Ferd Niemann: Sure, no, I think definitely, the more you can learn, you know, I used to have an internship with the army jag corps, and the guy that trained me says, the education from the school of hard knocks, and he’s like, it’s ideally you pay as lower tuition price as possible. And if you can get away with $2,000 or $3,000 or $4,000 or $5,000 in tuition to learn a big problem and how to solve it, then it is better off. Some people, they don’t learn until it is a $100,000 problem, it is a million-dollar problem. So definitely tough. We’re learning stuff all the time in here our company too. So it’s part of the business. I know you’ve been chasing a number of deals lately. Tell us how you’re finding deals. It’s a competitive market. Like I said you’re young, just getting going. How are you building rapport with sellers? How are you meeting sellers and compete in a crowded marketplace?
Mark Bibas: Sure. So I’m doing a combination of direct mail, cold calling, and ringless voicemail. Actually, ringless voicemails worked really well for me. So what I’ll do is I’ll send out a handwritten letter that obviously I’m not writing myself. And I’ll follow that up with a ringless voicemail about two weeks later. And are you familiar with how ringless voicemail works?
Ferd Niemann: Yeah, I get them all. I get them all the time. They’re annoying. But it works for you, great. I get it from my church. I’m like, I blocked it. But I still get the voicemail.
Mark Bibas: Yeah, exactly. So I mean, it’ll essentially just deliver a voicemail into somebody’s phone. So on your iPhone, you know, you’re turning your phone on and you see that you have a missed call, even though the call never came in. Listen to the voicemail. So I’ll send something that essentially says something along the lines like, Hey, this is Mark Bibas, not sure if you received my handwritten letter that I sent you a week or two ago, I’m really interested in buying your park, please give me a call if you have any interest in selling and you know that one mail sometimes doesn’t work, but the mail coupled with the ringless voicemail, I’ll get calls back and I’m doing a lot of that. And then I’ve got a priority list on parks I like and I’m just cold calling them, and it seems to be working. I like ringless voicemail because I’m sure like yourself I hate cold calling. I don’t know if you do any of your cold calling, I have people do it, I’m assuming you have people do for you. But nobody likes to cold call. So ringless voicemail has been working well for me.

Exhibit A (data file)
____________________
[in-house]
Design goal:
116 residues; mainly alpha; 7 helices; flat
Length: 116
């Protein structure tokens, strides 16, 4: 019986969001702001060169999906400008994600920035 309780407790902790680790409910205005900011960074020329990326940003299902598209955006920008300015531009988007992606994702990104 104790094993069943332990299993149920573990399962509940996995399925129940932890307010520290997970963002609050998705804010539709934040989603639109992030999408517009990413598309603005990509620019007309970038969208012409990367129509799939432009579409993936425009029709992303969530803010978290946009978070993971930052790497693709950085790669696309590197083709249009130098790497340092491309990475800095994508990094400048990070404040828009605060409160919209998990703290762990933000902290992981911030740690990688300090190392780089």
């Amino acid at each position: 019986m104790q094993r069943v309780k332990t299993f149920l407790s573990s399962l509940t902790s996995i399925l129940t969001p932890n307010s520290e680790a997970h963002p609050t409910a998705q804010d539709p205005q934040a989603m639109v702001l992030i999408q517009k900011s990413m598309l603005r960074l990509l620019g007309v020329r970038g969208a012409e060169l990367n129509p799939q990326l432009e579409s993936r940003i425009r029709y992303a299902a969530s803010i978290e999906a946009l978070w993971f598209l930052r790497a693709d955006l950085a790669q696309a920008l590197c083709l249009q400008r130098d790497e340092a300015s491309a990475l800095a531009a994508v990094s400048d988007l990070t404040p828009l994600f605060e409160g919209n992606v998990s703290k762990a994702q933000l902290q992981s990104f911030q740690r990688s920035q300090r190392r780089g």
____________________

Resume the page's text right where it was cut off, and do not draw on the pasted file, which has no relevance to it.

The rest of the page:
Ferd Niemann: That’s great. Yeah, I don’t do cold calls much anymore. But I’ve done a ton of them in the past. And I used to do back in the day I did like 100 in a row. They’re brutal, but I’m sure there are people doing 1000 in a row. But it is a numbers game. But I think you’re doing, I think it’s pretty wise you’re doing combination strategies. We do some similar follow-up type stuff that works. I think handwritten letters make a difference. They just take more time. You can’t send 30,000 of those easily, especially like I do it on my own. I write it myself, you know. My handwriting on my stationery and put a personal note in their stuff as opposed to the printed ones. I send them targeted, if I do five a day that you know, you do it every day, you know, 50 parks you want. It does pepper people with you know, personal touch. The problem is my handwriting is horrible. So every once in a while, I get a call like, are you calling for this, this park was demolished three years ago. Oh, sorry. But anyway, well, that’s great. Tell us what else you’re excited about. What are you learning so far?
Mark Bibas: Yeah, I mean, so I’m really excited about the asset class. But right now the way I’m looking at it is, I’ve certainly made a lot of mistakes in my due diligence that I’m coming to learn right now being a first-time park owner, but I’m really trying to embrace the whole mindset of you either win, or you learn there’s not really any losing. And I think that comes true for first-time park owners. I know me and a community of a bunch of others, you know, we pay a good amount of money for mentorship or tools, everybody’s going to this Frank and Dave, Mobile Home Bootcamp. And so at the point where you’re spending a ton of money to learn about this, yeah, maybe you get your underwriting off by a thousant, or a few thousand bucks on some stuff. But being actually out in the field and learning it for the first time is a ton of valuable knowledge. So I’m trying to stay positive about everything. And I’m just super excited to be learning. If you want me to get into some of the lessons learned, I’m more than happy to get into those specifics.
Ferd Niemann: Yeah, yeah, please do.